Issue: July 17, 2014
You know what's weird? Prior to ratification of the 17th Amendment in
1913, U.S. Senators were appointed by their state legislators. So,
that means senators like Andrew Jackson, Henry Clay and Daniel
Webster were never popularly elected to the chamber. Weird, huh? And
believe it or not, there's a movement afoot in certain corners today
to repeal the 17th Amendment. Not surprisingly, this movement is
partially targeted at specific politicians, like Nevada's own Harry
Reid. In this week's feature story, news editor Dennis Myers dives
into the history of the 17th Amendment and the issues surrounding the
movement to appeal it.
Also in this week's issue, our resident curmudgeon movie critic, Bob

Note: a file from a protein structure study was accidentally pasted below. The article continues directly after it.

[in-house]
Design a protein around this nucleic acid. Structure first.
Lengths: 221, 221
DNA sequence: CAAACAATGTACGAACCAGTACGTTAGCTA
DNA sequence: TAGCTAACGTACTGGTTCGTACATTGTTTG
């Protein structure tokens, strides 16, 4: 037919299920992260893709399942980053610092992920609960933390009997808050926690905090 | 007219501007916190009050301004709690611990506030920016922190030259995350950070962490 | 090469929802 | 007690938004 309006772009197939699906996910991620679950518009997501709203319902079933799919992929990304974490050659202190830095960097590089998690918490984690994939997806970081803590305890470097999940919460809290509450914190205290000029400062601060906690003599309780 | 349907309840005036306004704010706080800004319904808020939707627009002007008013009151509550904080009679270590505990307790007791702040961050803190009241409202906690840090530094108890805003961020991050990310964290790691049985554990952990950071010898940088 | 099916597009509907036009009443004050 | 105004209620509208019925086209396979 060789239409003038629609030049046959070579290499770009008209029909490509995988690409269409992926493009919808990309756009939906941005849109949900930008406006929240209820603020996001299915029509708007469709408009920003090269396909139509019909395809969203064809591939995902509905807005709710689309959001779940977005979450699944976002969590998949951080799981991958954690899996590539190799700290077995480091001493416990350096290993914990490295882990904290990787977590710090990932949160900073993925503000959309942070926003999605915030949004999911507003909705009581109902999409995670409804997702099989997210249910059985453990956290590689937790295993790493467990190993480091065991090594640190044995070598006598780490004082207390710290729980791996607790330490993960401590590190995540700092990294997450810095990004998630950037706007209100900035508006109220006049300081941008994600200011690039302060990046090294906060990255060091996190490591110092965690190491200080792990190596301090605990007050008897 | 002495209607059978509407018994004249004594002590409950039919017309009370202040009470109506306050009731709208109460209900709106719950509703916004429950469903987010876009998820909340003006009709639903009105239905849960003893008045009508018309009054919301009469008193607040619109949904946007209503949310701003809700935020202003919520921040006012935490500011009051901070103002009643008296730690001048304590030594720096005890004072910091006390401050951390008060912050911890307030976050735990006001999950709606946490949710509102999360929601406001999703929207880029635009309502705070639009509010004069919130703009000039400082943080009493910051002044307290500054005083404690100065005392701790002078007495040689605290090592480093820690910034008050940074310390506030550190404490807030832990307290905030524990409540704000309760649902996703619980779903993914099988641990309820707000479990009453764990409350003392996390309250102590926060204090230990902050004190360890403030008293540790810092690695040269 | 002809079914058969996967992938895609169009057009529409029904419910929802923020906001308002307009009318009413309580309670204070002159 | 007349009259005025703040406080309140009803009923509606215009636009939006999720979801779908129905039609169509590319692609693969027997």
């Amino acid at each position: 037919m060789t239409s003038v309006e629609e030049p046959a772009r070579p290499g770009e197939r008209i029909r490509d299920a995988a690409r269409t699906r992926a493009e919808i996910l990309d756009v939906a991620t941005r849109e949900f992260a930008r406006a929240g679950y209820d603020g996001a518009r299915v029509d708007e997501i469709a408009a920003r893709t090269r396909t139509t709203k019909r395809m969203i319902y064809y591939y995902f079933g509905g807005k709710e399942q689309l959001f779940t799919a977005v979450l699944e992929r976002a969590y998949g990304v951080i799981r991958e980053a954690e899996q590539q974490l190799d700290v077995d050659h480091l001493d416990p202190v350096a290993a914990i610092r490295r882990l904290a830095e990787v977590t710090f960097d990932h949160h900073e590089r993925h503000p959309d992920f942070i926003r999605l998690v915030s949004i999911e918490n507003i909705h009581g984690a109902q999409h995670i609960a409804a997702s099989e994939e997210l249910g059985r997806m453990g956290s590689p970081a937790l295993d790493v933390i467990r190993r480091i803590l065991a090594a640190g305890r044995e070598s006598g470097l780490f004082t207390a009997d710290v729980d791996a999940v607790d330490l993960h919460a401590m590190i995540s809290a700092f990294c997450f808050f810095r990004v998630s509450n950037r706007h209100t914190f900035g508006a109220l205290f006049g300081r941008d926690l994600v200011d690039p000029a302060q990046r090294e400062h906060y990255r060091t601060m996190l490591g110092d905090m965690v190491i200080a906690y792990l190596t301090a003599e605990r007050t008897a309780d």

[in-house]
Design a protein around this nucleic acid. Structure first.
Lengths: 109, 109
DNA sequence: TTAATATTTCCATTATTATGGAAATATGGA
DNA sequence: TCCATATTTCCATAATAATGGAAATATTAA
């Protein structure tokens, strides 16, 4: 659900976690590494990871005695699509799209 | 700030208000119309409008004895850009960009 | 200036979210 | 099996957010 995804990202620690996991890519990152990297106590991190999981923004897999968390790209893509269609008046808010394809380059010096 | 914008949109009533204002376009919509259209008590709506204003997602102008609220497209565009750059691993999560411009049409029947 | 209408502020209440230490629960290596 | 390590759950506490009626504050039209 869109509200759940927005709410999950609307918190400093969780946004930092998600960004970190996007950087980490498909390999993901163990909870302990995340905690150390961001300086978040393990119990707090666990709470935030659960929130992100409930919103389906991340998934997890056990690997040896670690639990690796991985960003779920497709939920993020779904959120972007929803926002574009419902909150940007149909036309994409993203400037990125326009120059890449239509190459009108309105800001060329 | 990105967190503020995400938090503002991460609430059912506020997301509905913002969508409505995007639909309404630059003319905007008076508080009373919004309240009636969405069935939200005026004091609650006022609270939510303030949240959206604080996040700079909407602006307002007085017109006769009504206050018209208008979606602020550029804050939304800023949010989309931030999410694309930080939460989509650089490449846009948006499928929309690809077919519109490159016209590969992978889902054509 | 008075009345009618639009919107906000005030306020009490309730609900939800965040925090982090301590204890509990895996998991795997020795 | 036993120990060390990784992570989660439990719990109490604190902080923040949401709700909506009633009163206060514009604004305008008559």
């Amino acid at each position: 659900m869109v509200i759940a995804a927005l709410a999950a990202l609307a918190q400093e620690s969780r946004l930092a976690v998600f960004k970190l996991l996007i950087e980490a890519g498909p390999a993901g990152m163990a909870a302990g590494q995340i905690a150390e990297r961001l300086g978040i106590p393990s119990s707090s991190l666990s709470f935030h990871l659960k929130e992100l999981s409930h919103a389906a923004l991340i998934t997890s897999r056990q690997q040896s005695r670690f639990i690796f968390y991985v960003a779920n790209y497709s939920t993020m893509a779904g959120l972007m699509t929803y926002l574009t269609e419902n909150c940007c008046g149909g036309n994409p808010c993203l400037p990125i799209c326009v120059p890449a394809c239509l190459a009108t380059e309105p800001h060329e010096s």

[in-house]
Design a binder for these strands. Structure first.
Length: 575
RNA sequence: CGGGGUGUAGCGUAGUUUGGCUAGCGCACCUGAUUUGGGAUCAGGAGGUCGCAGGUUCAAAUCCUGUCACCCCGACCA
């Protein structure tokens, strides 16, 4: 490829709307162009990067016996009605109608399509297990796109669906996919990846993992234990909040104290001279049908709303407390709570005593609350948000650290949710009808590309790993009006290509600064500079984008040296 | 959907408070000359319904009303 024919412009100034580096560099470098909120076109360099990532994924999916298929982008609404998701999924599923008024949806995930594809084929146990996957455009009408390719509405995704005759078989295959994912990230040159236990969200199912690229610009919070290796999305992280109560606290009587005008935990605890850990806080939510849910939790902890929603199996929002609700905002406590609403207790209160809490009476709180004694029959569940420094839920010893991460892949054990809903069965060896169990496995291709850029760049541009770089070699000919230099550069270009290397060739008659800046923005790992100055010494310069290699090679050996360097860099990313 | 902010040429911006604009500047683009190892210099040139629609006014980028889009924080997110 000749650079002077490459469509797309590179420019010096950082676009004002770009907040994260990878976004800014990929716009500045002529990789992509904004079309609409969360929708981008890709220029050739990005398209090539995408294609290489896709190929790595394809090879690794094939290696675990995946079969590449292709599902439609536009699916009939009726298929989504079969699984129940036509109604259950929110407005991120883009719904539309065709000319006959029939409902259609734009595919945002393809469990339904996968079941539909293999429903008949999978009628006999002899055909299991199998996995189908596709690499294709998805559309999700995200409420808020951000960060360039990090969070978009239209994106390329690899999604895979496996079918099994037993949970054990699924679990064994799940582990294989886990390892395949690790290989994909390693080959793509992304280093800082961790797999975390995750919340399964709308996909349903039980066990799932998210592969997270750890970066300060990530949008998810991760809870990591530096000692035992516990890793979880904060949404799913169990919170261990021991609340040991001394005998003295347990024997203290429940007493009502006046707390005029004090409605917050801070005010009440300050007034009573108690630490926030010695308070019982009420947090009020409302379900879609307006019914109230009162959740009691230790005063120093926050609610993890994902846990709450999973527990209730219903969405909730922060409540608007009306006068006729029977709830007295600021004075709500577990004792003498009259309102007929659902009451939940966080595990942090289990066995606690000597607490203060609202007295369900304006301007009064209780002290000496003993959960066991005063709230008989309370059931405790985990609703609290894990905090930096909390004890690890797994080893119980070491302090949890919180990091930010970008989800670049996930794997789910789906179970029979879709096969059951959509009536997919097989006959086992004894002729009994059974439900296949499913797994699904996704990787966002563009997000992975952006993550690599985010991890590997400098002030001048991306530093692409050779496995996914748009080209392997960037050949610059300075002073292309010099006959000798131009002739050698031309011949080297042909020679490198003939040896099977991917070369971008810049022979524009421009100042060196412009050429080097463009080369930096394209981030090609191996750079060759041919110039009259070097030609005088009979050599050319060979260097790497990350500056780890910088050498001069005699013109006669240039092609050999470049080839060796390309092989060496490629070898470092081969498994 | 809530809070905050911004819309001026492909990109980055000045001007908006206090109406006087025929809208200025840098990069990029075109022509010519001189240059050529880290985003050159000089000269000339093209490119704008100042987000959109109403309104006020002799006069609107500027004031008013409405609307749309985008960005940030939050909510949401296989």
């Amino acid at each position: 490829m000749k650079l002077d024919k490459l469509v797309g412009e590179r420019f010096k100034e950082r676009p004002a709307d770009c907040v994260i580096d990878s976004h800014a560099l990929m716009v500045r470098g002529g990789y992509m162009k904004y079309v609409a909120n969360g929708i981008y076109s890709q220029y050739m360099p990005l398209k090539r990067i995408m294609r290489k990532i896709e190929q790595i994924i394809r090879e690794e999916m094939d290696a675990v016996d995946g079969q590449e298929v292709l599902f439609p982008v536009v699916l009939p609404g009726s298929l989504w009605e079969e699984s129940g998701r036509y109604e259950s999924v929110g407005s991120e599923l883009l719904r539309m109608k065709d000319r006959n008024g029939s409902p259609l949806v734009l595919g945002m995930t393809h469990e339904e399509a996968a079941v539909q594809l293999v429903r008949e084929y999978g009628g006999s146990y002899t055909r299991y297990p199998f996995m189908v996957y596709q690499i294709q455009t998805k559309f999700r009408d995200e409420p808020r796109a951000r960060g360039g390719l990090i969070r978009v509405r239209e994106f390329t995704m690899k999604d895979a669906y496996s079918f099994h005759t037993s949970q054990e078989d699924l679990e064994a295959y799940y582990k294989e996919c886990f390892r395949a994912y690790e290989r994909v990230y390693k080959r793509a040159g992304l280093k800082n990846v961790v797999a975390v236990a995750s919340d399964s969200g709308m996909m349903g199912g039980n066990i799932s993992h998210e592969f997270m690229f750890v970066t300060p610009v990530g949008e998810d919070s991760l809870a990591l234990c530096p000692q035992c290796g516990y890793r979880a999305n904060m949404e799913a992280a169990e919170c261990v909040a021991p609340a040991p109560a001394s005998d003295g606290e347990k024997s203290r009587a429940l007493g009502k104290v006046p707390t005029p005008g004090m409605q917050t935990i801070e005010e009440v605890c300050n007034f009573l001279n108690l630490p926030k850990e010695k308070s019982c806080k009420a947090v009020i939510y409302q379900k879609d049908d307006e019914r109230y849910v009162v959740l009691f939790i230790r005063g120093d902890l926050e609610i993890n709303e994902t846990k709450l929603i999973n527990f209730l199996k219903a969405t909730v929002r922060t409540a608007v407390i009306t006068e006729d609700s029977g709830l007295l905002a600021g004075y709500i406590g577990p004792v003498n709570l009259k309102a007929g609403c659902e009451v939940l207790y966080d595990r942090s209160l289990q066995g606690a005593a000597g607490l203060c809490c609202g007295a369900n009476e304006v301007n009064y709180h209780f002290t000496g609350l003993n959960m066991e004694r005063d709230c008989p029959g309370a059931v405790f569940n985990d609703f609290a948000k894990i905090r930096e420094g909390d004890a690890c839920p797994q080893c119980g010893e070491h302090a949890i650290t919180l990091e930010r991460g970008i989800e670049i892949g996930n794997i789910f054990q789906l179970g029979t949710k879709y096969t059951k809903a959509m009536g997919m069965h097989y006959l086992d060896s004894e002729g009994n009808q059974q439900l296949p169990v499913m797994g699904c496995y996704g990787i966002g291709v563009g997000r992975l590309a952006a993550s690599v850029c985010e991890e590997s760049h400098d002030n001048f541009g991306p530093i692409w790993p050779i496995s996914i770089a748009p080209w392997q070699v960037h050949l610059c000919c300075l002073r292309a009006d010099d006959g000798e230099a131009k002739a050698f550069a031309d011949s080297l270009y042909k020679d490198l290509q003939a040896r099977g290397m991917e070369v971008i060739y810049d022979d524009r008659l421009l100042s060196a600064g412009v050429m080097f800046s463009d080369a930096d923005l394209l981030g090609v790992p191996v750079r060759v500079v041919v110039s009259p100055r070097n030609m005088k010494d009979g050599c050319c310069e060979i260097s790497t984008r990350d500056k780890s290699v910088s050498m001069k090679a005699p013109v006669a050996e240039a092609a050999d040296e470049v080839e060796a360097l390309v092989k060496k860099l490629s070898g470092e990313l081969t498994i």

Grimm, picks the best and the worst of the movie year so far. Theater
critic Jessica Santina checked out 5 Lesbians Eating a Quiche, the
latest offering over at Bruka Theatre. And, last but not least, our
right-hand-page columnist Brendan Trainor wrote a column about
reactions to the U.S. Supreme Court's Hobby Lobby decision that is
sure to ruffle some tailfeathers.
As always, be sure to pick a newsprint copy of the paper for
exclusive columns, cartoons and potential paper airplanes.
Thanks for reading! If not for you, we might not have any reason to
try to remember the names of 19th century senators.
RN&R Arts & Culture Editor